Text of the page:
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Oil Thieves Cause Pipeline Leak, Pollute Mexico River

Thieves who tapped an oil pipeline in northern Mexico caused a spill that contaminated the San Juan River, a key irrigation source for farmers, authorities said Thursday.

The crude from the Madero-Cadereyta pipeline polluted a 23-kilometer (14-mile) stretch of the river in Nuevo Leon state, said federal environmental protection agency Profepa.

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Coal Gas Boom in China Holds Climate Change Risks

Deep in the hilly grasslands of remote Inner Mongolia, twin smoke stacks rise more than 200 feet into the sky, their steam and sulfur billowing over herds of sheep and cattle. Both day and night, the rumble of this power plant echoes across the ancient steppe, and its acrid stench travels dozens of miles away.

This is the first of more than 60 coal-to-gas plants China wants to build, mostly in remote parts of the country where ethnic minorities have farmed and herded for centuries. Fired up in December, the multibillion-dollar plant bombards millions of tons of coal with water and heat to produce methane, which is piped to Beijing to generate electricity.

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Russia Holds Japan Whaling Research Vessel

A Japanese whaling vessel and its crew were being held in Russia on Friday after the ship entered Russian territorial waters without permission, Tokyo said.

The 712-tonne Shonan-maru No.2 was ordered into a Russian port on August 15 after sailing through the Sea of Okhotsk off Sakhalin island, an official from Japan's Fisheries Agency said.

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GPS Measures Western U.S. Drought, Finds Earth Rising

Scientists using GPS technology to study the extent of the western U.S. drought said Thursday the water shortage is causing parts of the Earth's crust to rise.

Some 62 trillion gallons -- equivalent to a six-inch (15-centimeter) layer of water -- have been lost since 2013, causing a slight upward lift across the region, according to the study in the journal Science.

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Almanac Predicts Colder Winter, Hotter Summer

The Old Farmer's Almanac, the familiar, 223-year-old chronicler of climate, folksy advice and fun facts, is predicting a colder winter and warmer summer for much of the nation.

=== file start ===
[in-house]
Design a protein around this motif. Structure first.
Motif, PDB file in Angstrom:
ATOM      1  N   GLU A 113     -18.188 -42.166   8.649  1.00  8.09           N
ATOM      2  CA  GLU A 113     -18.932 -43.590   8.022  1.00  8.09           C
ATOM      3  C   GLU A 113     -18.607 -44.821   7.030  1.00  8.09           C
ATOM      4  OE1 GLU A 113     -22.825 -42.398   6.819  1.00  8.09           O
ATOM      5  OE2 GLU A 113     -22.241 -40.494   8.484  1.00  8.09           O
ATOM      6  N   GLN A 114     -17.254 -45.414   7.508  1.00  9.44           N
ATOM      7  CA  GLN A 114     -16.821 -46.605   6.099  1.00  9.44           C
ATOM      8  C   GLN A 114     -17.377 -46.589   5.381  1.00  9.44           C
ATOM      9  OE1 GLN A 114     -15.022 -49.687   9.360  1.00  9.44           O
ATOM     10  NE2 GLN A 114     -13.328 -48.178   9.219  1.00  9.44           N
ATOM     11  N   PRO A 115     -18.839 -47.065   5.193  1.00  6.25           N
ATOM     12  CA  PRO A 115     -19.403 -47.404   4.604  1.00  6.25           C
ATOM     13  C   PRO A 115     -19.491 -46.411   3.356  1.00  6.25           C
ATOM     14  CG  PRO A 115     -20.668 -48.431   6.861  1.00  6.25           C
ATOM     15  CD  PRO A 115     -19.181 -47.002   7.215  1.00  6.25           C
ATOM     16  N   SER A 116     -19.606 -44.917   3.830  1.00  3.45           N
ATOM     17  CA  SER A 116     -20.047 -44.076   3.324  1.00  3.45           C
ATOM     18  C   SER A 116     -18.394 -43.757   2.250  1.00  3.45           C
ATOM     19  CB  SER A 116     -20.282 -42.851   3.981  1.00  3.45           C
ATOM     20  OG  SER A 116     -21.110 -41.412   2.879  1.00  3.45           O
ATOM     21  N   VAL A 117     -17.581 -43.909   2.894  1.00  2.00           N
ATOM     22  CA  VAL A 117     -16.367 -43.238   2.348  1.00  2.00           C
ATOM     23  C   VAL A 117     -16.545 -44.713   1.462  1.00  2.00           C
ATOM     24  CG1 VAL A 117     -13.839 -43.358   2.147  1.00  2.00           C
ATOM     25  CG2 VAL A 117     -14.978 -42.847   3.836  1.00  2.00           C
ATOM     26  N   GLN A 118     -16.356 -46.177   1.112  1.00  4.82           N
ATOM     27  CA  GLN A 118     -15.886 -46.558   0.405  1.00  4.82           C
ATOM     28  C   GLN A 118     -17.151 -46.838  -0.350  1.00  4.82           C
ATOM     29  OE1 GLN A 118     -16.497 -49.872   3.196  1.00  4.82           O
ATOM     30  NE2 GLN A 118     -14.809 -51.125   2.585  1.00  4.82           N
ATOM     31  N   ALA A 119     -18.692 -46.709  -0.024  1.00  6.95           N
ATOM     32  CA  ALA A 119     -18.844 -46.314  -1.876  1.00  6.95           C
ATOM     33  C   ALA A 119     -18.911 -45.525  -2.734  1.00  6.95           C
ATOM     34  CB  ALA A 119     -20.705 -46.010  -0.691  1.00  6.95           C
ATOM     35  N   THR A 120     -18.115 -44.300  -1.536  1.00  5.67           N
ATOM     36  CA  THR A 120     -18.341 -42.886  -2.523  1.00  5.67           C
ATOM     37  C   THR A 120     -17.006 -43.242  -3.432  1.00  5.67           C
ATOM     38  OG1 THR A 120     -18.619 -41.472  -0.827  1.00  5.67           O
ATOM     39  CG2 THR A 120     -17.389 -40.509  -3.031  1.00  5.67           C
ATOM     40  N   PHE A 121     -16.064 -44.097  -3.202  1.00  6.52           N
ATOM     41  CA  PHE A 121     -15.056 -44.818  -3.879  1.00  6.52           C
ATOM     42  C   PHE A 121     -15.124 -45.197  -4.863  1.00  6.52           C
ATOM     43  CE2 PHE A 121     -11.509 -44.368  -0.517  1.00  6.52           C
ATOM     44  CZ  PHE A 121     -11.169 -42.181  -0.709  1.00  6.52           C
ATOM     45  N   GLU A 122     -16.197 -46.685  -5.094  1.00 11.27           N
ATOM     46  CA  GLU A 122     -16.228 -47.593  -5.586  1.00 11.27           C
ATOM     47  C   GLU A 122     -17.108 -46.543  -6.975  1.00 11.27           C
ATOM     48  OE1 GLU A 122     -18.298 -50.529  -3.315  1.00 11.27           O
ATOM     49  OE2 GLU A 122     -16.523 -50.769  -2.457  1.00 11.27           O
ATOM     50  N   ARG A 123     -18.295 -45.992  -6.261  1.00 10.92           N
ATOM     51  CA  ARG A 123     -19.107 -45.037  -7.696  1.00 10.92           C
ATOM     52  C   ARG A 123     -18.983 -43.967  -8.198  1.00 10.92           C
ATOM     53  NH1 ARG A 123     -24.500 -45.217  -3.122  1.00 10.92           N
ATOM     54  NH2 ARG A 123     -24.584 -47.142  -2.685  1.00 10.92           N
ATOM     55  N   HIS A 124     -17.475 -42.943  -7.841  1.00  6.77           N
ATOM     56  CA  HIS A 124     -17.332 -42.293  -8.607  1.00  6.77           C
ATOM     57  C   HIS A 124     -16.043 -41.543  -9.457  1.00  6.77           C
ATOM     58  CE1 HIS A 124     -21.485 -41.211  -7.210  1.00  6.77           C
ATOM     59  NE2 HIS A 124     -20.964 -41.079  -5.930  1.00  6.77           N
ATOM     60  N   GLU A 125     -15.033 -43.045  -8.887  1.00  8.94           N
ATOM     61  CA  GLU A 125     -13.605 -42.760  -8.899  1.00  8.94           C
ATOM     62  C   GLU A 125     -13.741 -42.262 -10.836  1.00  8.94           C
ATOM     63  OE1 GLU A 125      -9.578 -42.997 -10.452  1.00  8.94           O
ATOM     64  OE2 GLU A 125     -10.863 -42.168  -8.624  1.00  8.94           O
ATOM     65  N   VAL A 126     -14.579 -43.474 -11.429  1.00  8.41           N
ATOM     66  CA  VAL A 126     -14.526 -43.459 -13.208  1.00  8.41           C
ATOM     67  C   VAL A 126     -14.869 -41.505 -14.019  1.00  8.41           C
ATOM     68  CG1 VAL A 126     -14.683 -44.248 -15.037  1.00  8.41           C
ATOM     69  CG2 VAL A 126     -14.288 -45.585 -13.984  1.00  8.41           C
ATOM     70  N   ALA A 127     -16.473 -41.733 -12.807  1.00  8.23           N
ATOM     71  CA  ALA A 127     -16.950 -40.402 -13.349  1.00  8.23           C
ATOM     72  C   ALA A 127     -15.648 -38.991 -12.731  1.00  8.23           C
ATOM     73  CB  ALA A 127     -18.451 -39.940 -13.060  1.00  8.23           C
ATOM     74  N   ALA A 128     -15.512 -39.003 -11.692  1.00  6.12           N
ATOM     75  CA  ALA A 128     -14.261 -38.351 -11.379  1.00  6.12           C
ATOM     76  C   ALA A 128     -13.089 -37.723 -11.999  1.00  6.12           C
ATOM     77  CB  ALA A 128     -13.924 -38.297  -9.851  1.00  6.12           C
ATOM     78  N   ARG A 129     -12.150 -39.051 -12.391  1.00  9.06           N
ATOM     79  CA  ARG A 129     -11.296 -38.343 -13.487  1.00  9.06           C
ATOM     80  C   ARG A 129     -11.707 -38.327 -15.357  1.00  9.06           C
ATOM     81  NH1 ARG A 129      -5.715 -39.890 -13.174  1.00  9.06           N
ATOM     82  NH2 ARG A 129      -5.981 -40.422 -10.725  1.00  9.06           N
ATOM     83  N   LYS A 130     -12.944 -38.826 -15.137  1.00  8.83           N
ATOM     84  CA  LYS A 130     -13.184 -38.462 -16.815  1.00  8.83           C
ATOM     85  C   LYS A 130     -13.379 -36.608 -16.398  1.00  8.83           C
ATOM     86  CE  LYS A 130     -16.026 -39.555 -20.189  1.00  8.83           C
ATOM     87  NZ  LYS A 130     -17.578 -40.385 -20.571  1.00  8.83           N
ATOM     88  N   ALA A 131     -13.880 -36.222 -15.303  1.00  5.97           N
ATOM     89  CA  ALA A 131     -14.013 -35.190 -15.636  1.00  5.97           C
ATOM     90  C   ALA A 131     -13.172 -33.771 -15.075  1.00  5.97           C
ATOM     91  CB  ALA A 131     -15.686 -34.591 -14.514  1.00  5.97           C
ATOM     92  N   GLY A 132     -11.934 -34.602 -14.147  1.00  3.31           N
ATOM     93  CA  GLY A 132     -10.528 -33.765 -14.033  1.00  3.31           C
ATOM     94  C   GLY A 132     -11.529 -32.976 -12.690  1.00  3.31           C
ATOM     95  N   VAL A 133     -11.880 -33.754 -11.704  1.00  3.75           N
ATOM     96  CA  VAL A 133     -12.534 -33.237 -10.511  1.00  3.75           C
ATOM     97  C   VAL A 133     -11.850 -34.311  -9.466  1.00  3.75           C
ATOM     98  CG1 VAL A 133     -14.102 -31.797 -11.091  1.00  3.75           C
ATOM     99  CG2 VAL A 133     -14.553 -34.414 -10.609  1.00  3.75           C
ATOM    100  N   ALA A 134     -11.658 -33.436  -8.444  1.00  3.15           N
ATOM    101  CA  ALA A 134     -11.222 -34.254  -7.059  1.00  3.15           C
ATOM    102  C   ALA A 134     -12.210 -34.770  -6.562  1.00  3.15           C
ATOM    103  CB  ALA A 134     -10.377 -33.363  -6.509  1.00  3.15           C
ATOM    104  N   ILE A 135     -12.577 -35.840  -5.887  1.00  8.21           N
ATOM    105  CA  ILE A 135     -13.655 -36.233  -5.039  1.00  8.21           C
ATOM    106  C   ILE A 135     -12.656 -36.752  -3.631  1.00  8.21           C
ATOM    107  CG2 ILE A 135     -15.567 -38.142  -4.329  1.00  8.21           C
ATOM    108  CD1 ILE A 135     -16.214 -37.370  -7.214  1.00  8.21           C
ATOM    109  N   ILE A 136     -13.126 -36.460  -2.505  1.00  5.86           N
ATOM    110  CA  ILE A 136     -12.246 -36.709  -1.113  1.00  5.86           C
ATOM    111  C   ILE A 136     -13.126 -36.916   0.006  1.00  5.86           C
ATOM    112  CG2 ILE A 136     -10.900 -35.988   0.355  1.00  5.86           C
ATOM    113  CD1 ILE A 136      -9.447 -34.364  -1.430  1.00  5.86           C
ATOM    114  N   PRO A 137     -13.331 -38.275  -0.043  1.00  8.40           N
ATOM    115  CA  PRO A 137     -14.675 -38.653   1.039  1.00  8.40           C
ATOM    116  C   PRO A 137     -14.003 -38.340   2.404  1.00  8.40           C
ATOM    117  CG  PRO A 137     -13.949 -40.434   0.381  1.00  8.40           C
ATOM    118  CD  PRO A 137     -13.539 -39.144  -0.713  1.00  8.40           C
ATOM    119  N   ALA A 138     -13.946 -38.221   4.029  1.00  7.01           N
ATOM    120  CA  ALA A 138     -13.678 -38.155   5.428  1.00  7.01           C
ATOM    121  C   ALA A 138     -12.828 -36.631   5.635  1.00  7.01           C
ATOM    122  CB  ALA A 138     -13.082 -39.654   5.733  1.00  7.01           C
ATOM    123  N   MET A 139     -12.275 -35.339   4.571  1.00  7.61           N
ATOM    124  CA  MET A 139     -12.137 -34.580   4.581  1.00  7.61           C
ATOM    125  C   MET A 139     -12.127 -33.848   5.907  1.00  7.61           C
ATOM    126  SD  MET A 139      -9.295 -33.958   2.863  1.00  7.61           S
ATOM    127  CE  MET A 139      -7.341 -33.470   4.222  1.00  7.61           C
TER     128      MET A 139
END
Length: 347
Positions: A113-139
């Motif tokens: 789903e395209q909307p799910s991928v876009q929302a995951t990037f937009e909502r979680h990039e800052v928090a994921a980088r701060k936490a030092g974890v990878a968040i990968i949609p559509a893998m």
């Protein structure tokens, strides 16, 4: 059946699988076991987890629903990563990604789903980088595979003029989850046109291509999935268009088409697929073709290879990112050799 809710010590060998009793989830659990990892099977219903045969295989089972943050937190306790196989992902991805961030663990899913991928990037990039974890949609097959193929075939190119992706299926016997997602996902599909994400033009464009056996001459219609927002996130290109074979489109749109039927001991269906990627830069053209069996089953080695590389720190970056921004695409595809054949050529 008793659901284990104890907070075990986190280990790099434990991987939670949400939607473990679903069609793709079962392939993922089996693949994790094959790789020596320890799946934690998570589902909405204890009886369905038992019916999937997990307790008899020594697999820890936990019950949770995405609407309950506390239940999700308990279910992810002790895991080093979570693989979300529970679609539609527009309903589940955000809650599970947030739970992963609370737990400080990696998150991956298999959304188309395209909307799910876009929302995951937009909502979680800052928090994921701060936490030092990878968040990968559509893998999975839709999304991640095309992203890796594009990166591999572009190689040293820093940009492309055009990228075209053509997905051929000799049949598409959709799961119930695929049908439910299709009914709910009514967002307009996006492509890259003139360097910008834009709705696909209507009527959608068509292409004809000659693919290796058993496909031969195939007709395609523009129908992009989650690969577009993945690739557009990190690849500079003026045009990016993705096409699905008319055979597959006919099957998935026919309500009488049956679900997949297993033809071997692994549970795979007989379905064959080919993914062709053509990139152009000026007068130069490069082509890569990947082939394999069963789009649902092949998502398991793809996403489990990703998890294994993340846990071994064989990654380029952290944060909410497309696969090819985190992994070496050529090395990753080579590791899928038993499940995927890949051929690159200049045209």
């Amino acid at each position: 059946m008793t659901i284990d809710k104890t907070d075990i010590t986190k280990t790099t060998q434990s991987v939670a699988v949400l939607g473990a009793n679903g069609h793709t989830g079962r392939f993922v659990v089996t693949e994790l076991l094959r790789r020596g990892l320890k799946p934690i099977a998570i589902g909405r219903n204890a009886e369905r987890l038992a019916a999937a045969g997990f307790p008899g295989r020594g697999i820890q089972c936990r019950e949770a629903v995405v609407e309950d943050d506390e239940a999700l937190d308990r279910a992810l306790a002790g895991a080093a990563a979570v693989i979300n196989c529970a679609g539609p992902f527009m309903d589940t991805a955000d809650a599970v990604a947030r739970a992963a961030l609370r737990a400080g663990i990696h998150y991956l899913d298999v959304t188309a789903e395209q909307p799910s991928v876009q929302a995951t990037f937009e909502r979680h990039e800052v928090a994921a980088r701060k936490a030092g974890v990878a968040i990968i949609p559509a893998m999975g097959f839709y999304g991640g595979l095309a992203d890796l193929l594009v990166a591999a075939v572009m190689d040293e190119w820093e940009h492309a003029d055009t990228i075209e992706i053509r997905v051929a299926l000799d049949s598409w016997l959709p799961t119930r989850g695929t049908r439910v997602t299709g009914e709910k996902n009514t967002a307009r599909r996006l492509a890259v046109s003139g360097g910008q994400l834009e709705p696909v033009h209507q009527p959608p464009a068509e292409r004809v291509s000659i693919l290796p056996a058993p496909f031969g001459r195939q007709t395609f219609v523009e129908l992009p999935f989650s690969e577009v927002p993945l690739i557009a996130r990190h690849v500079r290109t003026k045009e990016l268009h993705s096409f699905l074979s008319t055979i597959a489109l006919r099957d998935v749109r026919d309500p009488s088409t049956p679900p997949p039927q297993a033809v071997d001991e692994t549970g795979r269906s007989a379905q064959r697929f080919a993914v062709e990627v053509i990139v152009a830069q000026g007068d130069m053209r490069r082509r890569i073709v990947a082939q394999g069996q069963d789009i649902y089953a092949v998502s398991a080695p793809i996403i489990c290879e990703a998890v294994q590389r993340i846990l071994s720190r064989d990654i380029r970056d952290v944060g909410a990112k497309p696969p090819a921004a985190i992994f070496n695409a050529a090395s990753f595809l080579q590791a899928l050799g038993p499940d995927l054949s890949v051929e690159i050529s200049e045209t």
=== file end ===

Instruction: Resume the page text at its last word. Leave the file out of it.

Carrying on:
Published Wednesday, the New Hampshire-based almanac predicts a "super-cold" winter in the eastern two-thirds of the country. The west will remain a little bit warmer than normal.

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Humans, Neanderthals Shared Europe for Millennia

Neanderthals shared Europe with modern humans for as long as five millennia until they died out 40,000 years ago -- "ample time" for cultural exchanges and interbreeding, researchers said on Wednesday.

While there is no evidence that the two groups lived closely together, they did co-exist for anything from 25 to 250 generations, depending on the region, according to a paper published in the journal Nature.

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Mysterious Source of Ozone-Depleting Chemical Baffles NASA

A chemical used in dry cleaning and fire extinguishers may have been phased out in recent years but NASA said Wednesday that carbon tetrachloride (CCl4) is still being spewed into the atmosphere from an unknown source.

The world agreed to stop using CC14 as part of the Vienna Convention on Protection of the Ozone Layer and its Montreal Protocol, which attained universal ratification in 2009.

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Seals not Columbus Brought TB to Americas

Seals and sea lions probably brought tuberculosis to the Americas centuries before Christopher Columbus first set foot there, scientists said Wednesday.

A new study challenges the theory that Europeans introduced TB to the New World, where it killed millions of indigenous Americans along with other foreign diseases like whooping cough, chicken pox and flu.

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France Fights Back Asian Hornet Invader

They slipped into southwest France 10 years ago in a pottery shipment from China and have since invaded more than half the country, which is fighting back with drones, poisoned rods and even chickens.

The Asian hornet, or vespa velutina nigrithorax, is considered a "public enemy" in parts of France where it devours native bees and, experts say, threatens biodiversity.

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Octopus Inspires New Camouflage Material

The octopus's ability to camouflage itself has inspired a new kind of thin, flexible fabric that can automatically match patterns, U.S. researchers said Tuesday.

Creatures of the ocean known as cephalopods -- including cuttlefish, squid and octopuses -- are naturally equipped with sensors in their skin that help in some way to mimic the look of their surroundings.

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